Natural gas is cheap and plentiful, and is accelerating America’s path towards energy independence. Zachary Ming provides perspectives on the cleanest, most abundant fossil fuel resource in the United States.
Mark C. Thurber is the Associate Director of the Program on Energy and Sustainable Development. He discusses the the differing opinions about natural gas among the environmental community, as well as the resource’s complex environmental implications.
The nature of natural gas extraction presents seismic risks. Mark Zoback gives a 5 step plan to manage and reduce the seismic risk associated with wastewater disposal from natural gas drilling.
Dr. Joel Swisher, a Consulting Associate Professor of Civil and Environmental Engineering at Stanford University, discusses the implications of continued emphasis on natural gas versus coal.
Andre Peterhans, Manager of Strategic Planning at Chevron, delves into some of the regulatory implications for natural gas production in the future.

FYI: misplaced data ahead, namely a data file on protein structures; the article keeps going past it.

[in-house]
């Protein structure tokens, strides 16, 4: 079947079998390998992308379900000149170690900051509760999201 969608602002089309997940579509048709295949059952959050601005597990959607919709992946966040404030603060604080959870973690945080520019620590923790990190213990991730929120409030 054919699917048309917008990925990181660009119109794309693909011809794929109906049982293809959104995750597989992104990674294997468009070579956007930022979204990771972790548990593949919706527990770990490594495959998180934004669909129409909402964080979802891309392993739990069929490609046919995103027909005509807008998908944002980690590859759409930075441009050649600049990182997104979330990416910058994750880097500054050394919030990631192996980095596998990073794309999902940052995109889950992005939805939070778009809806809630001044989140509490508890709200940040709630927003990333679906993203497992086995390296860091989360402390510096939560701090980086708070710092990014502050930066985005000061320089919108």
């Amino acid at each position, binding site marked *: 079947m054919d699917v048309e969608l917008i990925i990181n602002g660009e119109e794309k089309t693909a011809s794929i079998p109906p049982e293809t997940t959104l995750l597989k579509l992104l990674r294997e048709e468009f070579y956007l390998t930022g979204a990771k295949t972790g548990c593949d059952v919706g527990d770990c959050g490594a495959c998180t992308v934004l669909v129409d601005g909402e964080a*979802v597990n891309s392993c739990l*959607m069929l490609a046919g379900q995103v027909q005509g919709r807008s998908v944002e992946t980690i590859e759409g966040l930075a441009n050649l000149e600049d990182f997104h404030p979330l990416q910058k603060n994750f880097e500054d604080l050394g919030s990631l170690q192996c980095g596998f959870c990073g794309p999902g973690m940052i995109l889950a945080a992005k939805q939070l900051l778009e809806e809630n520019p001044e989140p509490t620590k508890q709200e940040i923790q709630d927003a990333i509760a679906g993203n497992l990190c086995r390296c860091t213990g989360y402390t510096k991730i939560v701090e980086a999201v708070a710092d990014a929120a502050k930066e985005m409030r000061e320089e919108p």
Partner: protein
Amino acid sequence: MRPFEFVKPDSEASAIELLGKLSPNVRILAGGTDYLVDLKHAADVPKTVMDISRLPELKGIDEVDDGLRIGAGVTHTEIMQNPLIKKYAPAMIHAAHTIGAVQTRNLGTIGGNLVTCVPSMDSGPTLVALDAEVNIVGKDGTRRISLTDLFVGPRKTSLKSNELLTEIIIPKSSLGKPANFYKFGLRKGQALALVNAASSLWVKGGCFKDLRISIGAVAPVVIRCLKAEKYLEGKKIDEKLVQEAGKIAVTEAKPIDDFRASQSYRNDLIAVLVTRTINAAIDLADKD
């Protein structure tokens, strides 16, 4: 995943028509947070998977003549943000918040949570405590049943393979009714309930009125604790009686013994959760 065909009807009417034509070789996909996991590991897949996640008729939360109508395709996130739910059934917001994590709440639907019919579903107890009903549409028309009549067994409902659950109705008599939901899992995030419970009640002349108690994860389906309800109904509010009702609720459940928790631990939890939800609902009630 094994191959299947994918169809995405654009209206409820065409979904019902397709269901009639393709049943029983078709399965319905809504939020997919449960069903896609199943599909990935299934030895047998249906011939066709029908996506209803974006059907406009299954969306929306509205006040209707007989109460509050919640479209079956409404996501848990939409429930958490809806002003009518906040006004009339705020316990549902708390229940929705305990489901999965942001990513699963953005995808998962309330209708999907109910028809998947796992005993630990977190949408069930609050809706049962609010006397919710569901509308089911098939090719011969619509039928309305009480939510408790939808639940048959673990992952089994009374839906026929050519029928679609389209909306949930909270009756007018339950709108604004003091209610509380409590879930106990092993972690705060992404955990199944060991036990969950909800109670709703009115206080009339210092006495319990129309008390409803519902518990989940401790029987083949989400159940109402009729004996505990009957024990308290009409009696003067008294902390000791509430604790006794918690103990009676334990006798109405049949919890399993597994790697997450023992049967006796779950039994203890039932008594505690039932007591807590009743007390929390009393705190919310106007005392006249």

Susan Sakmar, a Visiting Assistant Professor and Andrews Kurth Energy Law Scholar at the University of Houston Law Center, discusses the likelihood of the United States exporting natural gas due to high domestic production rates.
The extraction of natural gas requires vast amounts of water, and the water becomes heavily polluted afterwards. Paul Vidal de La Blache shows how natural gas production affects our water supply.
The rate of natural gas production from a specific well depends on numerous factors. Stanford student Kurt Wilson discusses the case of the Barnett Shale well, as well as some environmental consequences of fracking.
Proponents of shale gas have proclaimed that it is a climate solution – our bridge to the energy future – but methane emissions from shale gas development could make it a bridge to nowhere.
Stanford students Jonathan Strahl and Joe Chang examine whether China has the ability to replicate the successes North America has achieved in the production of shale gas.